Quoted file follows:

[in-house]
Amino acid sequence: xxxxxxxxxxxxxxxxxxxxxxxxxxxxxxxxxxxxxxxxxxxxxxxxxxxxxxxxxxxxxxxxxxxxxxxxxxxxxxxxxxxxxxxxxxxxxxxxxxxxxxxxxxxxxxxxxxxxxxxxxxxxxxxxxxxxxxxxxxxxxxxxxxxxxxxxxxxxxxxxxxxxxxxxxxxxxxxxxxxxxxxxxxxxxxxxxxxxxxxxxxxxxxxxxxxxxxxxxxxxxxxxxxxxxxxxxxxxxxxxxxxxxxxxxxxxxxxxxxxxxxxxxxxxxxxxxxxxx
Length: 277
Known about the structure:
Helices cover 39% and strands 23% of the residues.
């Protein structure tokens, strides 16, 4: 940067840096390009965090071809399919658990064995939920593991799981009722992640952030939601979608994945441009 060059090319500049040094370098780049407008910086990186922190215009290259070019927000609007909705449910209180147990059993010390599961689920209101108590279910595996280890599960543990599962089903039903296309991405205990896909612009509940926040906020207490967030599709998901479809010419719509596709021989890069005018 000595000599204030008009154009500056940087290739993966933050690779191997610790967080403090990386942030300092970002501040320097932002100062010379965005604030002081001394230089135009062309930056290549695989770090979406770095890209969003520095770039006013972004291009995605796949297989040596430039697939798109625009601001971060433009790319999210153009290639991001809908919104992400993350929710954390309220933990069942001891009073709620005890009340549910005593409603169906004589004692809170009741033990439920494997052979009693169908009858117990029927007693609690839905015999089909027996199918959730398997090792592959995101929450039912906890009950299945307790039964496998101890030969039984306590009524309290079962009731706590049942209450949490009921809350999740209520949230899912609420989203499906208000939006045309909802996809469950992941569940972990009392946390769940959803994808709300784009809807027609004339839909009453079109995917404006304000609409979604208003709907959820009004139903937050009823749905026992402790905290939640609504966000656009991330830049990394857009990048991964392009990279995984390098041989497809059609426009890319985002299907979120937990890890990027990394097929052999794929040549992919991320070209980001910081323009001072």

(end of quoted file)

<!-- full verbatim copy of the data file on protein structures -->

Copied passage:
[in-house]
Amino acid sequence: xxxxxxxxxxxxxxxxxxxxxxxxxxxxxxxxxxxxxxxxxxxxxxxxxxxxxxxxxxxxxxxxxxxxxxxxxxxxxxxxxxxxxxxxxxxxxxxxxxxxxxxxxxxxxxxxxxxxxxxxxxxxxxxxxxxxxxxxxxxxxxxxxxxxxxxxxxxxxxxxxxxxxxxxxxxxxxxxxxxxxxxxxxxxxxxxxxxxxxxxxxxxxxxxxxxxxxxxxxxxxxxxxxxxxxxxxxxxxxxxxxxxxxxxxxxxxxxxxxxxxxxxxxxxxxxxxxxxx
Length: 277
Known about the structure:
Helices cover 39% and strands 23% of the residues.
């Protein structure tokens, strides 16, 4: 940067840096390009965090071809399919658990064995939920593991799981009722992640952030939601979608994945441009 060059090319500049040094370098780049407008910086990186922190215009290259070019927000609007909705449910209180147990059993010390599961689920209101108590279910595996280890599960543990599962089903039903296309991405205990896909612009509940926040906020207490967030599709998901479809010419719509596709021989890069005018 000595000599204030008009154009500056940087290739993966933050690779191997610790967080403090990386942030300092970002501040320097932002100062010379965005604030002081001394230089135009062309930056290549695989770090979406770095890209969003520095770039006013972004291009995605796949297989040596430039697939798109625009601001971060433009790319999210153009290639991001809908919104992400993350929710954390309220933990069942001891009073709620005890009340549910005593409603169906004589004692809170009741033990439920494997052979009693169908009858117990029927007693609690839905015999089909027996199918959730398997090792592959995101929450039912906890009950299945307790039964496998101890030969039984306590009524309290079962009731706590049942209450949490009921809350999740209520949230899912609420989203499906208000939006045309909802996809469950992941569940972990009392946390769940959803994808709300784009809807027609004339839909009453079109995917404006304000609409979604208003709907959820009004139903937050009823749905026992402790905290939640609504966000656009991330830049990394857009990048991964392009990279995984390098041989497809059609426009890319985002299907979120937990890890990027990394097929052999794929040549992919991320070209980001910081323009001072």